Earlier this month, an appellate court issued an opinion in a California car accident case involving the alleged negligence of a police officer. The case required the court to discuss the Government Claims Act and whether the plaintiffs’ non-compliance with the Act should prevent the plaintiffs from proceeding with their case against the government defendants. Ultimately, since the court determined that the government officials involved in the case may have made misleading statements to the plaintiffs and their attorney, the court permitted the plaintiffs’ case to proceed in order for a jury to determine whether the plaintiffs should be excused from compliance with the Act.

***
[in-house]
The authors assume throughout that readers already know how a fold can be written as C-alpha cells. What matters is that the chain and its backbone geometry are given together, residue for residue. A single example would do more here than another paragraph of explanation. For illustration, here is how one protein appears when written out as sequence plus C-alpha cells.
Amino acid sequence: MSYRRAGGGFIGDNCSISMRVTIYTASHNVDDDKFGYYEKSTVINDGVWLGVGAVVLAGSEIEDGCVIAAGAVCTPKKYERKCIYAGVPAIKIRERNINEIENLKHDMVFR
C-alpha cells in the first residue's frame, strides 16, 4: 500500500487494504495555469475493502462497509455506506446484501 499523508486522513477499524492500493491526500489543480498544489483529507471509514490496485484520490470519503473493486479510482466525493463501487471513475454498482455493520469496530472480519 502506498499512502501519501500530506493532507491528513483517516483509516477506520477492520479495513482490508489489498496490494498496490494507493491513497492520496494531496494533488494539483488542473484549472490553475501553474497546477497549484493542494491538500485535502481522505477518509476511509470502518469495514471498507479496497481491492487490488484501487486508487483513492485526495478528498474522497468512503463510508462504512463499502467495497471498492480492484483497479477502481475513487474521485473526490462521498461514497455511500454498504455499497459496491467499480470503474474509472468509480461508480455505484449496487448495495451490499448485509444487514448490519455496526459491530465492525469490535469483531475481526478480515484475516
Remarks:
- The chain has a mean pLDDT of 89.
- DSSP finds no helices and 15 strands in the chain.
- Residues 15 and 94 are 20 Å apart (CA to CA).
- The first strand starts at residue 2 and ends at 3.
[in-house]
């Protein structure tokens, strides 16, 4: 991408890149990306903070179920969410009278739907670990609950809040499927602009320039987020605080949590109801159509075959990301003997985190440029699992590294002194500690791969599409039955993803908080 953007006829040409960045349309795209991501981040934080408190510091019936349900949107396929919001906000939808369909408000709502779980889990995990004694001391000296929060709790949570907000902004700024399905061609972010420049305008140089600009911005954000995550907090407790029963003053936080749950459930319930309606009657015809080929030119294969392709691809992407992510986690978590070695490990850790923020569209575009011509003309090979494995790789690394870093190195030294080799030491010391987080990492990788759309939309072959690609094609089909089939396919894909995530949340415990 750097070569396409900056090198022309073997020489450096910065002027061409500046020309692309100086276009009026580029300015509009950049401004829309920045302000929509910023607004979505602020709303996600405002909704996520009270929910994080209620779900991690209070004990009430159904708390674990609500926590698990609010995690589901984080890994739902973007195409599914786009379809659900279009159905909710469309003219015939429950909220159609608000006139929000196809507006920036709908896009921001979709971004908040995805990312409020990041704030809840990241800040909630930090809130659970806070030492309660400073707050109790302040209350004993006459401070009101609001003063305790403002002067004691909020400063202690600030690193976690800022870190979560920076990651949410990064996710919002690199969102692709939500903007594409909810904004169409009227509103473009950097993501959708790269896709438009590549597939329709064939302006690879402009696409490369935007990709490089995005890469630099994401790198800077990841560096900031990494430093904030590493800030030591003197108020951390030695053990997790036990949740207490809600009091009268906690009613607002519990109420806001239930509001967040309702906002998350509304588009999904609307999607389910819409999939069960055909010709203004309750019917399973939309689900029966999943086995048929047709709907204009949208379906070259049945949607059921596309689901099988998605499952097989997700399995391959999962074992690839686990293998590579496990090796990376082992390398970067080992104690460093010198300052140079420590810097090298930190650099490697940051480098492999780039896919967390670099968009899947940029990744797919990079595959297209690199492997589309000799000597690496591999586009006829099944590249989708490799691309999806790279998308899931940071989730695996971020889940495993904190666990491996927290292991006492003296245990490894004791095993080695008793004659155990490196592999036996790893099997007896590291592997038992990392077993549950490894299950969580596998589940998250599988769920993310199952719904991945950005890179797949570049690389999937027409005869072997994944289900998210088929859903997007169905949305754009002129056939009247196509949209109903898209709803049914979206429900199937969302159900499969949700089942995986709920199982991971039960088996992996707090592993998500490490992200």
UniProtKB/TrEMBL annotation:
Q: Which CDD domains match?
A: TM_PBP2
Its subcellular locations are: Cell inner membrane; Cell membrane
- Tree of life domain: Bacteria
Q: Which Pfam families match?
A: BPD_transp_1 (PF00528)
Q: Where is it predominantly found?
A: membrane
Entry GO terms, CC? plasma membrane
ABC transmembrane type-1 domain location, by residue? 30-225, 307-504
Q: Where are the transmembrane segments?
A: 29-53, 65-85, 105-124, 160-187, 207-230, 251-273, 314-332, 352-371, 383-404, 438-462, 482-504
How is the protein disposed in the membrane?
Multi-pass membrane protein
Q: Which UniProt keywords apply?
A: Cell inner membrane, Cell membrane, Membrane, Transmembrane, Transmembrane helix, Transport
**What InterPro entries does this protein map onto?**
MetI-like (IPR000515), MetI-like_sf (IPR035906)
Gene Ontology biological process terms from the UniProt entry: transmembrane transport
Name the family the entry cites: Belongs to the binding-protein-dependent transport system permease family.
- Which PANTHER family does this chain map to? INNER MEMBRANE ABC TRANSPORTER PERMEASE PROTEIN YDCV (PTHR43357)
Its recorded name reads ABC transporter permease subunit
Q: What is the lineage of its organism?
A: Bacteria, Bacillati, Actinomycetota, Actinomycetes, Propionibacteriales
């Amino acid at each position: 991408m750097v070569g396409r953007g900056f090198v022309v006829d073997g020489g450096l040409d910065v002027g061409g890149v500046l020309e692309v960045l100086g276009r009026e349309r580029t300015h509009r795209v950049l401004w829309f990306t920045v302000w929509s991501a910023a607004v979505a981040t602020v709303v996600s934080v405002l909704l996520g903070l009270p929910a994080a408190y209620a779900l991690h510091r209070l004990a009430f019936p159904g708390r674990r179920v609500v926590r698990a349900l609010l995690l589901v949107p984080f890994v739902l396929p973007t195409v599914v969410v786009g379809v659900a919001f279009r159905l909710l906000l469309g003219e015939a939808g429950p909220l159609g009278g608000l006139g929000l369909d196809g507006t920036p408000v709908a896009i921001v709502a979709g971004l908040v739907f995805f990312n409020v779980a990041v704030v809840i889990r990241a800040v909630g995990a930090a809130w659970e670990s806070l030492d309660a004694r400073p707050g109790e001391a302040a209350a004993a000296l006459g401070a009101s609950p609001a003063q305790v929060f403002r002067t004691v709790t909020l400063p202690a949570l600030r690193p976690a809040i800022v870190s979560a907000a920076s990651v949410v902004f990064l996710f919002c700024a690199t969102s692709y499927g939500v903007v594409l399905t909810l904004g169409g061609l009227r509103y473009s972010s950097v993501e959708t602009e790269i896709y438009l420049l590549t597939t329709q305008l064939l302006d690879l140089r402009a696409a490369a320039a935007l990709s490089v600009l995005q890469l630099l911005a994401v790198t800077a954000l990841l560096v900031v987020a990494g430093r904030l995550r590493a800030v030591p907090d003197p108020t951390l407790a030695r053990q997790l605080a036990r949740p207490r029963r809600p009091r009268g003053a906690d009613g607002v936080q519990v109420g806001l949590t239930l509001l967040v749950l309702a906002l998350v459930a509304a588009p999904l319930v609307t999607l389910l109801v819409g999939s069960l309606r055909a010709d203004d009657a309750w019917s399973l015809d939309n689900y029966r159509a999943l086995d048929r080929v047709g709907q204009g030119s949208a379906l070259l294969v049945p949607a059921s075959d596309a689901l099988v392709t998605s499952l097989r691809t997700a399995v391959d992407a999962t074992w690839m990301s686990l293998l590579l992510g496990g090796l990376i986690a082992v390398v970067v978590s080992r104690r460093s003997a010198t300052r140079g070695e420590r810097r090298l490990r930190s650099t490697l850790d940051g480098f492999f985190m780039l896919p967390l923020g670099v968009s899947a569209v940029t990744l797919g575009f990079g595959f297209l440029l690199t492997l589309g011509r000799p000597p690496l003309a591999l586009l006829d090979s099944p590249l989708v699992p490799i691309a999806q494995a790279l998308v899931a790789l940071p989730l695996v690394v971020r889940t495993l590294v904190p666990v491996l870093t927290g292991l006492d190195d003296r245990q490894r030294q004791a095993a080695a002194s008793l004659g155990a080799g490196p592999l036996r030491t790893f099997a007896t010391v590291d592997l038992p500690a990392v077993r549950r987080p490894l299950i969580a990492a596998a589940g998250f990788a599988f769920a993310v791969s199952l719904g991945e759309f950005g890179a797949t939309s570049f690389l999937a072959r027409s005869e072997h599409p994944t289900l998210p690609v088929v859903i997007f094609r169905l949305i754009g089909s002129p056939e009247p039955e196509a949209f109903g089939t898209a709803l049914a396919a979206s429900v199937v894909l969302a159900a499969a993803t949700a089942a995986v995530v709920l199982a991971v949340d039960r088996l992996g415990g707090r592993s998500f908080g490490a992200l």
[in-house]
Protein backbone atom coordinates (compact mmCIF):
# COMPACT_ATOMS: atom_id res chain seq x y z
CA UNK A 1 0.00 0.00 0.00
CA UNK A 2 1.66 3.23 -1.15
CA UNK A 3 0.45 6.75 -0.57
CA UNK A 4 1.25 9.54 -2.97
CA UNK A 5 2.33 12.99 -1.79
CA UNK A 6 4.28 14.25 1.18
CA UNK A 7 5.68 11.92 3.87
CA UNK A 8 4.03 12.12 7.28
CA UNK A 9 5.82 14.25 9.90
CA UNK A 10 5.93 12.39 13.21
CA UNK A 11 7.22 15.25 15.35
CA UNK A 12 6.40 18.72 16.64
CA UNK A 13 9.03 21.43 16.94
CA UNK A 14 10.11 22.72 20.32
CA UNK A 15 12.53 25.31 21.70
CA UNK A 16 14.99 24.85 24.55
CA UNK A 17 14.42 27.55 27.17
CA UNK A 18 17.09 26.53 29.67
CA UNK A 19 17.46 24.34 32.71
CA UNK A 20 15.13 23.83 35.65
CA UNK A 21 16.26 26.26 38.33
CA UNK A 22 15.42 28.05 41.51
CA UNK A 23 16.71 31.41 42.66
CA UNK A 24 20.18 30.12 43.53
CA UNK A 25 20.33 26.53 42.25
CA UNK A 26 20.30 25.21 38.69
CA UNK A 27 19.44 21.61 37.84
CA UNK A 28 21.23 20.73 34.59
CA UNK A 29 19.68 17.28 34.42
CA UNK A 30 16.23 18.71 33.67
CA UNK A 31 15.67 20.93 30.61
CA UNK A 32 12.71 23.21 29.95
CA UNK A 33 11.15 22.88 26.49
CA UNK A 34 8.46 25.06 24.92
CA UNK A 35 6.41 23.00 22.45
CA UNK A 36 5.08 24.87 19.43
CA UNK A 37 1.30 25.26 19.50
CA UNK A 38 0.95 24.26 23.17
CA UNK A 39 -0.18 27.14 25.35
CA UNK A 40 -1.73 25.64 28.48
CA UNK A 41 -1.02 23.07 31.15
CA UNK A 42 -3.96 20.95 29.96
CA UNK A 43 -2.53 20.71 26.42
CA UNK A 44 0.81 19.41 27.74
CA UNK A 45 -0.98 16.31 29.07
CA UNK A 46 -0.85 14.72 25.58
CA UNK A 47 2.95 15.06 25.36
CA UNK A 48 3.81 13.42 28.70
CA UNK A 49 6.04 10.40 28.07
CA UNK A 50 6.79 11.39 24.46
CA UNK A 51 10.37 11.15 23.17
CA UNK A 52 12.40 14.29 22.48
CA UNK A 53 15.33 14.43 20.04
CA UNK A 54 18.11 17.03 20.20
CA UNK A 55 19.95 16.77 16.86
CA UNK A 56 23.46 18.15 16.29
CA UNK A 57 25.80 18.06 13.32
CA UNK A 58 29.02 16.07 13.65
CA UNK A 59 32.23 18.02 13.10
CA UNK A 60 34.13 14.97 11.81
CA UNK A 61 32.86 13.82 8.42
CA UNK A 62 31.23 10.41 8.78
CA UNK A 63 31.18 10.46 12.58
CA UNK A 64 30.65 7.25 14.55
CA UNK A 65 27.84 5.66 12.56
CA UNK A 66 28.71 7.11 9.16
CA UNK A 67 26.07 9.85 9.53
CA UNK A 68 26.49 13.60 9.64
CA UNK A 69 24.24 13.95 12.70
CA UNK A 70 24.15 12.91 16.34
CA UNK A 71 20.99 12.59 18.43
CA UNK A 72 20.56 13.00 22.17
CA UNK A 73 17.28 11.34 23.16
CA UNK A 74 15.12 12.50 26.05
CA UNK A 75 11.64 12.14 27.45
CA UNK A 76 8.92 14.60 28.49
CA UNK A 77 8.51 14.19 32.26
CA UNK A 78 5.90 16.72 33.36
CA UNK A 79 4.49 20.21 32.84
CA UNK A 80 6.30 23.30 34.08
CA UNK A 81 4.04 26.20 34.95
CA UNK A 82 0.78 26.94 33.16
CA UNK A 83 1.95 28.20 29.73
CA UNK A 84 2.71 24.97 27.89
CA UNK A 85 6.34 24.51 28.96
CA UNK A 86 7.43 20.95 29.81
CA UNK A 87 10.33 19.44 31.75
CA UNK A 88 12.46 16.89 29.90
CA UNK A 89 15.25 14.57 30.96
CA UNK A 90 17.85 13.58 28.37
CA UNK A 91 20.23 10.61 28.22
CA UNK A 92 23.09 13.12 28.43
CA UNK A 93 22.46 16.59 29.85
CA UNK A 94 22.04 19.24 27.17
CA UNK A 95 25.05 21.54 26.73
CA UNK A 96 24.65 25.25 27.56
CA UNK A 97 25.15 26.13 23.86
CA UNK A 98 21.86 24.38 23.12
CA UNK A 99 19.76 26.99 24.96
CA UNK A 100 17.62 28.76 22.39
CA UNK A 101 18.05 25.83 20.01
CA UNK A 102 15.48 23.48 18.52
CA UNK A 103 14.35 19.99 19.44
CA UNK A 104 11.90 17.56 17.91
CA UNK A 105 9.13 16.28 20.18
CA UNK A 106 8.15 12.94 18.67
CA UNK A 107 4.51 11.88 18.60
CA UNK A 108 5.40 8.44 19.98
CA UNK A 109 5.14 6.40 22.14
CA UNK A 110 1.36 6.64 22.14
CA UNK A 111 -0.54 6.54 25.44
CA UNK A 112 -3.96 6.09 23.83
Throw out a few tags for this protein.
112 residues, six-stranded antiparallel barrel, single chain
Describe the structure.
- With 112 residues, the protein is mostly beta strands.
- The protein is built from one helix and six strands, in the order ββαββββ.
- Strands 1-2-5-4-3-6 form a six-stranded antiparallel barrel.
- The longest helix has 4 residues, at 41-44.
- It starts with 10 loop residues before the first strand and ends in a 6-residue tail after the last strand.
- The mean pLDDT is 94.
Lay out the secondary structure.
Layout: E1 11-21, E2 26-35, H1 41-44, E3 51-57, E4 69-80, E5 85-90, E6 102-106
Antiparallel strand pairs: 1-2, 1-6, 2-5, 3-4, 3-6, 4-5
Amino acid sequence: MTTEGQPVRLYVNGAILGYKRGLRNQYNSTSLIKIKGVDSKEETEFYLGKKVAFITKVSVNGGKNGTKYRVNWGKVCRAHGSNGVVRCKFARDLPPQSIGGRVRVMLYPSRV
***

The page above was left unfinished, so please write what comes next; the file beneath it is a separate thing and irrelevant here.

The plaintiffs were seriously injured when a car driven by a police officer with the L.A. School Police Department (LASPD) ran a red light and crashed into their vehicle. After the accident, but before the plaintiffs were taken to the hospital in an ambulance, the plaintiffs were provided a business card indicating that the responsible party was LASPD. The card listed the LASPD address and website.
Four days after the accident, the plaintiffs’ attorney filed a claim for damages against LASPD. The attorney obtained the complaint form from the LASPD website. The plaintiffs later filed a personal injury case against LASPD. Once the case was filed, certain information was passed, including the name of the officer responsible for the accident as well as the name of the government organization that owned the vehicle, the L.A. Unified School District (LAUSD). The plaintiffs then amended their complaint to add LAUSD.